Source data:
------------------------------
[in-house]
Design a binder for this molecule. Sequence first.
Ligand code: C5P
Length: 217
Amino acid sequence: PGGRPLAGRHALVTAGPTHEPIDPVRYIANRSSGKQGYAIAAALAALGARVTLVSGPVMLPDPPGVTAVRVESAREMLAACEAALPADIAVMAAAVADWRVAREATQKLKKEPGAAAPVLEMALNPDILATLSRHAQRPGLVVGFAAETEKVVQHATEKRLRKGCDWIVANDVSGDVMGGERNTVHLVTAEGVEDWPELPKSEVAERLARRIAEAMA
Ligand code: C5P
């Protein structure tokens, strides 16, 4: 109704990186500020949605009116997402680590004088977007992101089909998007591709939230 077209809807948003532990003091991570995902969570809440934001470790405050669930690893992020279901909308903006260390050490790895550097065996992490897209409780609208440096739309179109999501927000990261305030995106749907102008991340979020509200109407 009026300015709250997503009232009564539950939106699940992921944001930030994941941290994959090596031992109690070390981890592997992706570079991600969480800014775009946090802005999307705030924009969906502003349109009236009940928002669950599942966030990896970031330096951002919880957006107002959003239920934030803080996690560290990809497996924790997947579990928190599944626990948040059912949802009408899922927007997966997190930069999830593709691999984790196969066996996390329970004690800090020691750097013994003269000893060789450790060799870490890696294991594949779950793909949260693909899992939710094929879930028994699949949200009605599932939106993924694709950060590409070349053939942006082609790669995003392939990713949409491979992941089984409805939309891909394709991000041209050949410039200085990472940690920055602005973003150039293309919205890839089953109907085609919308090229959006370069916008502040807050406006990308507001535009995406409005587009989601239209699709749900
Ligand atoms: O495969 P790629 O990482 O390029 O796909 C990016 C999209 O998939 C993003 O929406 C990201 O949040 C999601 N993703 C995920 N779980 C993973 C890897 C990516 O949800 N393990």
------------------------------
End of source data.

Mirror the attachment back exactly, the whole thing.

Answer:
[in-house]
Design a binder for this molecule. Sequence first.
Ligand code: C5P
Length: 217
Amino acid sequence: PGGRPLAGRHALVTAGPTHEPIDPVRYIANRSSGKQGYAIAAALAALGARVTLVSGPVMLPDPPGVTAVRVESAREMLAACEAALPADIAVMAAAVADWRVAREATQKLKKEPGAAAPVLEMALNPDILATLSRHAQRPGLVVGFAAETEKVVQHATEKRLRKGCDWIVANDVSGDVMGGERNTVHLVTAEGVEDWPELPKSEVAERLARRIAEAMA
Ligand code: C5P
């Protein structure tokens, strides 16, 4: 109704990186500020949605009116997402680590004088977007992101089909998007591709939230 077209809807948003532990003091991570995902969570809440934001470790405050669930690893992020279901909308903006260390050490790895550097065996992490897209409780609208440096739309179109999501927000990261305030995106749907102008991340979020509200109407 009026300015709250997503009232009564539950939106699940992921944001930030994941941290994959090596031992109690070390981890592997992706570079991600969480800014775009946090802005999307705030924009969906502003349109009236009940928002669950599942966030990896970031330096951002919880957006107002959003239920934030803080996690560290990809497996924790997947579990928190599944626990948040059912949802009408899922927007997966997190930069999830593709691999984790196969066996996390329970004690800090020691750097013994003269000893060789450790060799870490890696294991594949779950793909949260693909899992939710094929879930028994699949949200009605599932939106993924694709950060590409070349053939942006082609790669995003392939990713949409491979992941089984409805939309891909394709991000041209050949410039200085990472940690920055602005973003150039293309919205890839089953109907085609919308090229959006370069916008502040807050406006990308507001535009995406409005587009989601239209699709749900
Ligand atoms: O495969 P790629 O990482 O390029 O796909 C990016 C999209 O998939 C993003 O929406 C990201 O949040 C999601 N993703 C995920 N779980 C993973 C890897 C990516 O949800 N393990």